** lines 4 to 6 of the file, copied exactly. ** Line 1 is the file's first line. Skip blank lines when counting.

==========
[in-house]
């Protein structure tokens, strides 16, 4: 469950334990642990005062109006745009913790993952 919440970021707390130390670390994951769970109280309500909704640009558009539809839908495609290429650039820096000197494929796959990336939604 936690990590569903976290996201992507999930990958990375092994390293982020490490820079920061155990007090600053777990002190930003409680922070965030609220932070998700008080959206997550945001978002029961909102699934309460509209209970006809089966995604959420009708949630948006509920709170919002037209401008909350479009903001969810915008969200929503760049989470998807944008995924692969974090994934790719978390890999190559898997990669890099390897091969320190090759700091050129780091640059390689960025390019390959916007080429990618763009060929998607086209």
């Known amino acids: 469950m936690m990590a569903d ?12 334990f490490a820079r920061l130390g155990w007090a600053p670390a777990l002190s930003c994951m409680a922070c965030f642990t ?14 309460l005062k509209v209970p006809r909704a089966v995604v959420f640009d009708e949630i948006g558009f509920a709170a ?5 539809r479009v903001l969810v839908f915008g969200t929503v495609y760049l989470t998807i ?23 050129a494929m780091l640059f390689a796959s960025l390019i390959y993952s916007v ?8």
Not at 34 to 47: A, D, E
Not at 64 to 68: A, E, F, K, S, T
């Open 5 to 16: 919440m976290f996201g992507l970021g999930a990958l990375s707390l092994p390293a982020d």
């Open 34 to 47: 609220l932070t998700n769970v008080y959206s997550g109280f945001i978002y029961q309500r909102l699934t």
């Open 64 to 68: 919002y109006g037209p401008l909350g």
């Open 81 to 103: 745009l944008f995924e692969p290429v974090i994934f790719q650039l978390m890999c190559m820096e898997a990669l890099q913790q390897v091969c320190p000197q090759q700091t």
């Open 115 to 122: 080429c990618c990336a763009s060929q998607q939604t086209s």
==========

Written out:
Not at 34 to 47: A, D, E
Not at 64 to 68: A, E, F, K, S, T
């Open 5 to 16: 919440m976290f996201g992507l970021g999930a990958l990375s707390l092994p390293a982020d």